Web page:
Saturday, October 20, 2012

Galileo Galilei (1564-1642)

Galileo Galilei (1564-1642)

Italian scientist and philosopher. Galileo was a true Renaissance man, excelling at many different endeavors, including lute playing and painting. He attended medical school in Padua. While in a cathedral, he noticed that a chandelier was swinging with the same period as timed by his pulse, regardless of its amplitude. He began to study the isochronism of the pendulum  in 1581, as well as the motion of bodies. Using an inclined plane, he showed that all bodies fall at the same rate. He also investigated cohesion,  and concluded that a waterfall breaks when the weight of the water  becomes too great, the same reason that water  pumps could only raise water by 34 feet.

Galileo described his views on dynamics  and statics  in Dialog on the Two New Sciences, which emphasized mathematics over rhetorical arguments. Galileo was one of the earliest to propose abstract dynamical theories which were ideal and would not be observed under less than ideal circumstances. Galileo observed the supernova  of 1604 and tried unsuccessfully to measure its parallax. According to Copernicus's theory, the Earth's  motion must produce a parallax, but no such parallax was found until Bessel. Galileo grew interested in the heavens, and built his own a telescope  in 1609 after the discovery of lenses  was reported from Holland. Galileo used his 30 power telescope to discover craters on the Moon,  sunspots  which rotated with the Sun,  the four largest satellites of Jupiter,  and phases of Venus.  This last observation demonstrated that the Copernican theory was correct, since phases would only be observed if Venus  were always closer to the sun than to the Earth.  Galileo published his observations in Siderius Nuncius (The Starry Messenger) (1611). For some famous quotes and diagrams from Siderius Nuncius, see MacRobert (1990). A complete translation is contained in van Helden (1989).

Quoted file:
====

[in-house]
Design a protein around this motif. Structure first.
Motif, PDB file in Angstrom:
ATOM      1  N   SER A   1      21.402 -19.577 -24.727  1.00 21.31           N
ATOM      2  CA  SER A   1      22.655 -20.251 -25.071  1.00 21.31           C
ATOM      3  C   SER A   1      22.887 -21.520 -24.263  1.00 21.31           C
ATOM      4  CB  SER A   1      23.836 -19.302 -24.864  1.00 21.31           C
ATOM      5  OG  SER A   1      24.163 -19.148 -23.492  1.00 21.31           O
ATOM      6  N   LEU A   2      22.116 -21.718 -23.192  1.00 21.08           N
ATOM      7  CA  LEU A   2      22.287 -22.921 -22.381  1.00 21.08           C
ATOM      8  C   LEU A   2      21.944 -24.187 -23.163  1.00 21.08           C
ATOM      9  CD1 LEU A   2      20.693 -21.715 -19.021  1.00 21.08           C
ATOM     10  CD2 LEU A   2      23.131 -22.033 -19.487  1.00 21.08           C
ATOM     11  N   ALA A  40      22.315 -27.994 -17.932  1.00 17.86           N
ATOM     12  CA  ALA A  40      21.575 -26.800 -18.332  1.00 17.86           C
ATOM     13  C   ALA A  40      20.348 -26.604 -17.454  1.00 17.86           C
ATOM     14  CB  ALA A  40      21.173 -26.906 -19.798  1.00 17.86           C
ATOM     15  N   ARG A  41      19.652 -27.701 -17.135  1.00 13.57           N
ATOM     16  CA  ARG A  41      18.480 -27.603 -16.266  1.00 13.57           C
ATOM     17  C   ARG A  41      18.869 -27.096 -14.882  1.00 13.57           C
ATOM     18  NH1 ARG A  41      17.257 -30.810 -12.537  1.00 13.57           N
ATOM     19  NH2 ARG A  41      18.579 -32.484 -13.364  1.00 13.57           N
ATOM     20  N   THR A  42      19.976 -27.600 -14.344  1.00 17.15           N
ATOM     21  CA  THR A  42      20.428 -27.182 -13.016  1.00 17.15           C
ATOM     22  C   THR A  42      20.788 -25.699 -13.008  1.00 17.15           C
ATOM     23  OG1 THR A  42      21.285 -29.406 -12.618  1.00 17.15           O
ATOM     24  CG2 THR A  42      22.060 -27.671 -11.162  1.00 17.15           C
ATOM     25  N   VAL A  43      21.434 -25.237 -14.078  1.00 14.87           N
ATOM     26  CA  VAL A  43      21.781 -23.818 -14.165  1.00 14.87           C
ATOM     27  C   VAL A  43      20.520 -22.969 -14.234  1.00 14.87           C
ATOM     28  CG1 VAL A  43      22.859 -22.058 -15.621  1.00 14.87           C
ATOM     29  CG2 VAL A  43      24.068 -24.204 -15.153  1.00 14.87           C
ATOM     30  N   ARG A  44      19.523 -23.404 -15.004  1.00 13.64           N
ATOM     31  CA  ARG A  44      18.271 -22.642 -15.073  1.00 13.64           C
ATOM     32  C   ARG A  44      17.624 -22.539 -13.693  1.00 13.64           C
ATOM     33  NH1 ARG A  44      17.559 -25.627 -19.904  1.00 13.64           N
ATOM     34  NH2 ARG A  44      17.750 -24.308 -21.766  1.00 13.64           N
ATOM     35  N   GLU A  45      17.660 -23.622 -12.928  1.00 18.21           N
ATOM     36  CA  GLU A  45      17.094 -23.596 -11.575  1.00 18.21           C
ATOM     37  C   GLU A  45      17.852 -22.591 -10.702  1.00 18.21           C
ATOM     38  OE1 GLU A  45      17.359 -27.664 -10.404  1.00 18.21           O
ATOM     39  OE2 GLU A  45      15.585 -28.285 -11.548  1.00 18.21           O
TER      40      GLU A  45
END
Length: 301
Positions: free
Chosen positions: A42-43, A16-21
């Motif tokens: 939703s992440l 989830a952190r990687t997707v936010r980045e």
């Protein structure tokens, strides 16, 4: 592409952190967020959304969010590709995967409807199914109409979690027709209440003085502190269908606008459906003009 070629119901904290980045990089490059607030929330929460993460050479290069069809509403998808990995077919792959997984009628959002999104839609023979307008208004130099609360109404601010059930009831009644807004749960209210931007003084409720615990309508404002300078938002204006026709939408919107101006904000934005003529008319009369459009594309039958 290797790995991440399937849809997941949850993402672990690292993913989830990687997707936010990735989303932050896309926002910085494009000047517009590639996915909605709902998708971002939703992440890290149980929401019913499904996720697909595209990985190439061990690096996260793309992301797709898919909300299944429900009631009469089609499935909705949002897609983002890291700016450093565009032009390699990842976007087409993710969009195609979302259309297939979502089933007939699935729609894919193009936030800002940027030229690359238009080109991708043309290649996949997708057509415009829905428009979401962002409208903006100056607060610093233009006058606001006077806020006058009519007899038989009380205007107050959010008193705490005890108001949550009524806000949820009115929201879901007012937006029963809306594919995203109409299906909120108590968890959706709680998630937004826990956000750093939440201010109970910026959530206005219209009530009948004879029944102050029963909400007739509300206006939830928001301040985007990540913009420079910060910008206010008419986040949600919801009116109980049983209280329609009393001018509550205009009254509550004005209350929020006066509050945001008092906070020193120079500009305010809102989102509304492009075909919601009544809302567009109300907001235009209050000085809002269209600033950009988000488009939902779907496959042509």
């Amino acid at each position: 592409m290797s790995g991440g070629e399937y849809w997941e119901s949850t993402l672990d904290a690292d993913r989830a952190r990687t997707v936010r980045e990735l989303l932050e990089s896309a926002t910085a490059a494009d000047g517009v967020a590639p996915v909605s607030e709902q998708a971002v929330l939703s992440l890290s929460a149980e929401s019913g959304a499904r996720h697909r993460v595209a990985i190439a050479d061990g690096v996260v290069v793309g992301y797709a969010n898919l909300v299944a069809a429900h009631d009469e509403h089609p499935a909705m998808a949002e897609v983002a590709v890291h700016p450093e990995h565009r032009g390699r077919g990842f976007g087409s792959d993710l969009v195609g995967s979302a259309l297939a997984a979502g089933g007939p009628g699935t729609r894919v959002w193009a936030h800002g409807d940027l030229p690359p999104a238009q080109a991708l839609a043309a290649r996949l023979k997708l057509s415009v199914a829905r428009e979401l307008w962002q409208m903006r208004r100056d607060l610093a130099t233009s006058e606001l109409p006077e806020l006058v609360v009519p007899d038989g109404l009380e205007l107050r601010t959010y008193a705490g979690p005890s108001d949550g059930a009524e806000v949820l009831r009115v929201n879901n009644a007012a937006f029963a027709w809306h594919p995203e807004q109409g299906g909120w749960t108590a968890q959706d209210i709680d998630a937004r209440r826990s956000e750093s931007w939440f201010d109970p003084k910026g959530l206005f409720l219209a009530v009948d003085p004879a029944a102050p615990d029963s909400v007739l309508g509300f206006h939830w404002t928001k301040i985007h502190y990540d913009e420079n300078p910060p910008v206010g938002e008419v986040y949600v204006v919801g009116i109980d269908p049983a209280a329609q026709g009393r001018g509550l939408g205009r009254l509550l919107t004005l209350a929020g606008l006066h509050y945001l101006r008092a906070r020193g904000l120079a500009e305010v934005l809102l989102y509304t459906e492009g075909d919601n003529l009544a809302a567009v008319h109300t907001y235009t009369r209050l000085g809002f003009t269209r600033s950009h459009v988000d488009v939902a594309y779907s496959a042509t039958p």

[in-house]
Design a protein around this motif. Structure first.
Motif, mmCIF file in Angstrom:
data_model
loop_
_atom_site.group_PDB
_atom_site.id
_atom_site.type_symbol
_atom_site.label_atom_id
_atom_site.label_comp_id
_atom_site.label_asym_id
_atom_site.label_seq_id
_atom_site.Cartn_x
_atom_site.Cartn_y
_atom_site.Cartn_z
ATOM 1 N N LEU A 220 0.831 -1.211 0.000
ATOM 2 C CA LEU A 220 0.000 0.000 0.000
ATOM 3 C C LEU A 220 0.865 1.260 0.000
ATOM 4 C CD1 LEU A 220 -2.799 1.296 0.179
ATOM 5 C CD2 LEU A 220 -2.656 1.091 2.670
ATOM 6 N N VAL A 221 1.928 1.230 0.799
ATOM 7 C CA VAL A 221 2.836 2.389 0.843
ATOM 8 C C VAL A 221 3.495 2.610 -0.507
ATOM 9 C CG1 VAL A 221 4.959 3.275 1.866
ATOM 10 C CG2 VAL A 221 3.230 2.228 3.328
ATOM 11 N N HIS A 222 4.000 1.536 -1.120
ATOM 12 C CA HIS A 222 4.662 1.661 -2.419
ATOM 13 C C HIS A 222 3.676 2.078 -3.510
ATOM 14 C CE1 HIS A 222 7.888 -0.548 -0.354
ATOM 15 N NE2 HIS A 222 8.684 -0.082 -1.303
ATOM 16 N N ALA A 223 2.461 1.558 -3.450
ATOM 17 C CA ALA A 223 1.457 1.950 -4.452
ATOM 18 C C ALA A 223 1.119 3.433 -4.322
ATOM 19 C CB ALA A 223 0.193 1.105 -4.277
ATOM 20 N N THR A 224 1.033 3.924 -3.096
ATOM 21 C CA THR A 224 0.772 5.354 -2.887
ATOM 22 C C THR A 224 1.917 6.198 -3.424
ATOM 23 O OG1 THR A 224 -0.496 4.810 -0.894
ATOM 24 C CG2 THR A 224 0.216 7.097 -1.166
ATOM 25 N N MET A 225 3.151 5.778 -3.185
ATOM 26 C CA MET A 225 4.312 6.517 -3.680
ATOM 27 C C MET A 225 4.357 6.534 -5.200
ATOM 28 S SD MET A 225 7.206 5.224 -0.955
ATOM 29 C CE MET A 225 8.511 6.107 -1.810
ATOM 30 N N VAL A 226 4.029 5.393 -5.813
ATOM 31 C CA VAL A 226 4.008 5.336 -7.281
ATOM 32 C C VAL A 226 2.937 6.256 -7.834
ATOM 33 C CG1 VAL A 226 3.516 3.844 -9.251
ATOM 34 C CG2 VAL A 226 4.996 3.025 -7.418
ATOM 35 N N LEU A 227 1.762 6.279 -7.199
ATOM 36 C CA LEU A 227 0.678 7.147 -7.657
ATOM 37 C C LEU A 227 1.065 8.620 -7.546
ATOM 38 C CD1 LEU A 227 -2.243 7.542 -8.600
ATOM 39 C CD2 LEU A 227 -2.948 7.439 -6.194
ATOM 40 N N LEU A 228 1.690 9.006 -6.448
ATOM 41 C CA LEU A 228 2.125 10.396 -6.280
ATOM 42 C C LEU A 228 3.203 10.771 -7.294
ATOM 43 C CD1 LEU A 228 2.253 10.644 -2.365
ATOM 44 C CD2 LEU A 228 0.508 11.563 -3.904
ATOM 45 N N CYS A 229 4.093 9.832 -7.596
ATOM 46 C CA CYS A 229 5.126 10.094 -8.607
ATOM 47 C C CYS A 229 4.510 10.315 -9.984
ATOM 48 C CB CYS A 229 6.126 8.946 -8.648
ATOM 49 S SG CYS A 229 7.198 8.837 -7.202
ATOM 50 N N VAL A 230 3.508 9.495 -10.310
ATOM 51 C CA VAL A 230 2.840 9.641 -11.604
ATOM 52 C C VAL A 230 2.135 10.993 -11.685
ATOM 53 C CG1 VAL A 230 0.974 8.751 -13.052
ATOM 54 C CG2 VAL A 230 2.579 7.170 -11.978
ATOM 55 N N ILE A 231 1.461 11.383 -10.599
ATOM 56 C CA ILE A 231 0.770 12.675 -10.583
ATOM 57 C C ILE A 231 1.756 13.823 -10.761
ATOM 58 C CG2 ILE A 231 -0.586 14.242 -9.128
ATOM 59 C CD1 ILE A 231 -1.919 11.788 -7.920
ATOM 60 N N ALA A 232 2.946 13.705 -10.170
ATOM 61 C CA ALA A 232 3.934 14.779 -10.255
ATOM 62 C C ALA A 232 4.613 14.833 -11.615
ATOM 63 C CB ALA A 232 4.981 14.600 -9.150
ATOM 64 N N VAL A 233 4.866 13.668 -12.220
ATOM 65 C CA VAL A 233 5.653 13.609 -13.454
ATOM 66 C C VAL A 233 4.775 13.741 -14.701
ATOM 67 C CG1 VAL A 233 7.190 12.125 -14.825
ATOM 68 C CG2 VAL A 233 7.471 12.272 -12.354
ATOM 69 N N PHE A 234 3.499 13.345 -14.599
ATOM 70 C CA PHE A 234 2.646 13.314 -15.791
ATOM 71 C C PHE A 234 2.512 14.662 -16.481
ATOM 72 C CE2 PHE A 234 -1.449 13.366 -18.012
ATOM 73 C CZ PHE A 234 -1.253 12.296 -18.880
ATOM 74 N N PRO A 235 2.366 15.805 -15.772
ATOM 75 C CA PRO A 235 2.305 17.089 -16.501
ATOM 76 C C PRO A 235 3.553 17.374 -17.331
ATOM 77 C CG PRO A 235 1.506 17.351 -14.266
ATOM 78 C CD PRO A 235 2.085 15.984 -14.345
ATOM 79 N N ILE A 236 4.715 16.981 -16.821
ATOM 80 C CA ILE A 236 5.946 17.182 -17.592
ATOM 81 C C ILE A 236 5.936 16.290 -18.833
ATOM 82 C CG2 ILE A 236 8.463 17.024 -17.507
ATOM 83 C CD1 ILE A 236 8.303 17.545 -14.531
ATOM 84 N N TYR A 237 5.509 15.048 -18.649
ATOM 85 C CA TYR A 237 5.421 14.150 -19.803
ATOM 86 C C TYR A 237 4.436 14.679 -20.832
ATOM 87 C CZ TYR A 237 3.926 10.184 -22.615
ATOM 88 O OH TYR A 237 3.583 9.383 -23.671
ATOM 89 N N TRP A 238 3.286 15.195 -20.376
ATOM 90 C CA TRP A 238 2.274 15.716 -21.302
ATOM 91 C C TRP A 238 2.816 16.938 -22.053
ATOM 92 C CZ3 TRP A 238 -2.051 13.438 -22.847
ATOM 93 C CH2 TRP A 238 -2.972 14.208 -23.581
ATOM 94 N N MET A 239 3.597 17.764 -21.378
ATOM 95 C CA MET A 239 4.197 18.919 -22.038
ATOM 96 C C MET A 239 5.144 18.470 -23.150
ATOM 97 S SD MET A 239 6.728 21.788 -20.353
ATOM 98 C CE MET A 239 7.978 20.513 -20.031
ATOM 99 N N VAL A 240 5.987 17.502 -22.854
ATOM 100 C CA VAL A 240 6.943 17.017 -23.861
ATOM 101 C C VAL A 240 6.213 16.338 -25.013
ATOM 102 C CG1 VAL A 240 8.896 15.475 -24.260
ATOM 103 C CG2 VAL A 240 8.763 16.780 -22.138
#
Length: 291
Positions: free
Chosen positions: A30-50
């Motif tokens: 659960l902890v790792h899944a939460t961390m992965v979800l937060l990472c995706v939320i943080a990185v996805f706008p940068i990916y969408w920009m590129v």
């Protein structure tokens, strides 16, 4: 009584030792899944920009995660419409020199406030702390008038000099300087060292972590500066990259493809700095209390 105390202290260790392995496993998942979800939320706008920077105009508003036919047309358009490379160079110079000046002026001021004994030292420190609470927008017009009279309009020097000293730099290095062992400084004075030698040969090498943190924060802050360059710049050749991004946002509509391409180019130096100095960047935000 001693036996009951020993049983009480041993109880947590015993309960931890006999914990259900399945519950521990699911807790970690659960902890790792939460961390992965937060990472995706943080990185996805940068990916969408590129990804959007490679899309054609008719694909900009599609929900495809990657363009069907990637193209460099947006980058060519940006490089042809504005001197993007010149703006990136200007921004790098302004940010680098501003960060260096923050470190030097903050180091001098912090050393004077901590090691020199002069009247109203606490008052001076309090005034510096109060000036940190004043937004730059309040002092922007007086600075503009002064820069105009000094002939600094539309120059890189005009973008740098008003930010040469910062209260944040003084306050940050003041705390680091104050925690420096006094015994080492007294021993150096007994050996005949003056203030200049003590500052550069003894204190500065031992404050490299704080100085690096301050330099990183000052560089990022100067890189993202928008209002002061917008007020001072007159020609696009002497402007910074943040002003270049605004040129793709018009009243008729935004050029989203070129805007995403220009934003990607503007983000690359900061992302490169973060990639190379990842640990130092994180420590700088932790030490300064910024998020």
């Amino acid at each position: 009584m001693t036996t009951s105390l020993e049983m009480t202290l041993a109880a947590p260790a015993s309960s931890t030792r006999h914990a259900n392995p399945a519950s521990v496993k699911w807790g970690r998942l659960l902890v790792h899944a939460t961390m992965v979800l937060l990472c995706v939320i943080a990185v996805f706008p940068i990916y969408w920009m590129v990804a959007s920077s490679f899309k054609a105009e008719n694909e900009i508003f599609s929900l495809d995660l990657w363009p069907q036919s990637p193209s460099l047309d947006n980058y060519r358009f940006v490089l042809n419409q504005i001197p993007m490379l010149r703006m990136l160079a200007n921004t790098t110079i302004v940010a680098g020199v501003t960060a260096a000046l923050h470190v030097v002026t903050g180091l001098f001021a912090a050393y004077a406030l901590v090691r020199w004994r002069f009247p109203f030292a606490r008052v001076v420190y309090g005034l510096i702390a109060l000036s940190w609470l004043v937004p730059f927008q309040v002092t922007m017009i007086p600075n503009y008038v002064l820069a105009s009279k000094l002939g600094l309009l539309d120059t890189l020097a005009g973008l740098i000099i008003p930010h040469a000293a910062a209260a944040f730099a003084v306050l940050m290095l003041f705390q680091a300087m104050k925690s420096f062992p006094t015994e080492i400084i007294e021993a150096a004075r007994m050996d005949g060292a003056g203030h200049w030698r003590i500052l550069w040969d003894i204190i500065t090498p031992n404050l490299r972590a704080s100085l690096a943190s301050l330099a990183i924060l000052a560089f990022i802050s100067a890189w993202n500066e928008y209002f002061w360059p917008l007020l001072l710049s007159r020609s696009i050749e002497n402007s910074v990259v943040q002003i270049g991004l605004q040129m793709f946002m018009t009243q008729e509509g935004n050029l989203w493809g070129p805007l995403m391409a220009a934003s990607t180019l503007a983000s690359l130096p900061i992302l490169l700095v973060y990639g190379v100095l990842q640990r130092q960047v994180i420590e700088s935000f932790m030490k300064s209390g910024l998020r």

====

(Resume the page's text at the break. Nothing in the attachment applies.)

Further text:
Galileo also proposed Galilean relativity, which states that the same definitions of motion are valid everywhere. The resultant Galilean transformation  is correct for low speeds, but must be replaced by the Lorentz transformation  for relativistic speeds. Galileo also said that motion is continuous and can only be altered by the application of a force.  Galileo enunciated the law of fall (which states that distance traveled is proportional to the square of time) and the time law (which states that velocity is proportional to time). There is an apocryphal story that Galileo dropped two balls of different masses simultaneously from the leaning tower of Pisa to demonstrate that bodies fall at the same rate.

Galileo lay down the chief elements of his mechanics in Dialog on the Two Chief Systems of the World (1632), which was supposed to be an objective debate between the Copernican and Ptolemaic system. Unfortunately, Galileo put the Pope's favorite argument in the mouth of one of the characters, then proceeded to ridicule it. Galileo suddenly lost favor with the church, and was forced to recant his Copernican views and put under house arrest. Misner et al. (1973 p. 38) give some quotes by Galileo. One of the most telling is "In questions of science, the authority of a thousand is not worth the humble reasoning of a single individual" (1632). A very similar twentieth century quote is attributed to Einstein.


No comments: